The Girl with the Dragon Tattoo (2011) – Just David Fincher Being David Fincher

Movie Directors have their styles. They have what they are good at and they usually stick to it. David Fincher is good at a lot of things, and The Girl with the Dragon Tattoo (2011) is essentially him showing it all off.

First of all, The Girl with the Dragon Tattoo is a movie based on the novel by the same name. IMDB puts the plot perfectly with “Journalist Mikael Blomkvist is aided in his search for a woman who has been missing for forty years by Lisbeth Salander, a young computer hacker.” Honestly, that’s all you should really know before going in to the movie, as it is a mystery movie, so having no spoilers is pretty key.

Overall, I really liked the movie, it kept me hooked for the full two and a half hours, and kept me watching through the more uncomfortable and hard to watch scenes, but do we really expect anything less from Fincher? Which brings me to my main point.

This movie basically shows off everything Fincher is good at and excels at in different movies, but all in one movie. I mean, it should be no doubt that he can do slow burn mystery films, with Se7en (1995) and Zodiac (2007) on his resume. The Girl with the Dragon Tattoo excels with the slow burn mystery. With each clue bringing you closer to the answer but also making even more questions. He excels in this movie with the bait-and-switch where you think you know what’s happened and then boom, you were wrong (or at least that’s what happened to me, maybe someone smarter then me could see the ending coming). Which was something he also famously exceled at in Fight Club (1999). Additionally, Fincher’s music choices in this film, and others such as Fight Club and The Social Network (2010), is incredible. The man knows how to chose songs. With out spoilers, he uses Enya’s Orinoco Flow (Sail Away) during a very tense-full confrontation towards the end of the film, which created a almost disturbing contrast, between the peaceful and relaxing sound of the song and what’s happening on screen. One last thing, that David Fincher does in this movie that he also excels at in others is making scenes of people typing on a computer compelling. Am, I joking? Yeah, kind of, but not really. I’m bringing it up as a joke but its also not a wrong observation. Watching someone simply type on a laptop sounds incredibly boring. But, in this movie and in The Social Network, Fincher manages to make those scenes compelling. I don’t quite know how, but he does.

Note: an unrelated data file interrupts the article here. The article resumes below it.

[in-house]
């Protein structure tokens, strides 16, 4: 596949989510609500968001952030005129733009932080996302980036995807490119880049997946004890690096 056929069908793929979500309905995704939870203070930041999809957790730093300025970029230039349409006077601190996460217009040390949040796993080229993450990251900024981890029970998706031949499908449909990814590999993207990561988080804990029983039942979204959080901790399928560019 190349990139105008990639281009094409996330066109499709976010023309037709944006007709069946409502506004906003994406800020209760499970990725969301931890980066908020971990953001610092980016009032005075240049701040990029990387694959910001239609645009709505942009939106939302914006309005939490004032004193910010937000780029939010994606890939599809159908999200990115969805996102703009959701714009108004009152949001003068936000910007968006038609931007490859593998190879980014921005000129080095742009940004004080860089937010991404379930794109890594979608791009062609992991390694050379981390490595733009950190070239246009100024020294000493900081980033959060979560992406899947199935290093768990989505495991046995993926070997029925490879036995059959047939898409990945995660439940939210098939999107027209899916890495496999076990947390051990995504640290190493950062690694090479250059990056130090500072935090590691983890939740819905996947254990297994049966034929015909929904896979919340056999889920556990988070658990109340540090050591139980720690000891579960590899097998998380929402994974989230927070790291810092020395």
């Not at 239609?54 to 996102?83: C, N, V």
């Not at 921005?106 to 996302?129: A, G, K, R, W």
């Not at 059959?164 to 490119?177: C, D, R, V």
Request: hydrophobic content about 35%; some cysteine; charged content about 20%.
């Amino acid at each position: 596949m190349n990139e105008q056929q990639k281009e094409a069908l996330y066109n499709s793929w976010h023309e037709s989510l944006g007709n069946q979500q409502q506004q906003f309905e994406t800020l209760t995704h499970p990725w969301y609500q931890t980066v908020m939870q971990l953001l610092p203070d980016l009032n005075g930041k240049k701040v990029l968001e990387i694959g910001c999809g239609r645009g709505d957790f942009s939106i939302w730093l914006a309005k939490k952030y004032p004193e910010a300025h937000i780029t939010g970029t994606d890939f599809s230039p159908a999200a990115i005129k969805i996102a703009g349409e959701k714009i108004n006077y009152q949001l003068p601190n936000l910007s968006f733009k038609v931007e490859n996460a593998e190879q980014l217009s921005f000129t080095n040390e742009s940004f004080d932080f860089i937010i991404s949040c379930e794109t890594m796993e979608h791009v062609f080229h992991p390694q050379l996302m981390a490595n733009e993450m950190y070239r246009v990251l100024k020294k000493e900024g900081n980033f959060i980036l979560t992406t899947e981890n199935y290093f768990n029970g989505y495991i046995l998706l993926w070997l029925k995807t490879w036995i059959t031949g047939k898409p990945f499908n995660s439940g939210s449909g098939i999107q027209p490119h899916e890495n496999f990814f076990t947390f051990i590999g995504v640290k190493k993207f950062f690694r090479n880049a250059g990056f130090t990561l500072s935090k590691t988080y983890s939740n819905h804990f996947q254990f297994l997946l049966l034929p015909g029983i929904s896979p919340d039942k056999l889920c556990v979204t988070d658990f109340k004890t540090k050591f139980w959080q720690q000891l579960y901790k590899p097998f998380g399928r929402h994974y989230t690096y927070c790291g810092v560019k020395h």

Before, I get into something completely spoilery, I just want to say, the movie is now streaming on Netflix if you’re interested. Alright, spoiler alert for what’s below.

I was completely caught off guard that Stellan Skarsgård was the bad guy. I think I just inherintly trust the guy because I mainly know him from Mamma Mia (2008). Was that intentional with the casting? Probably not, they cast him because he’s a great actor, but there was that unintended effect that made the reveal at the end, all the more shocking.

Alright, that’s all I had to say. Bye.

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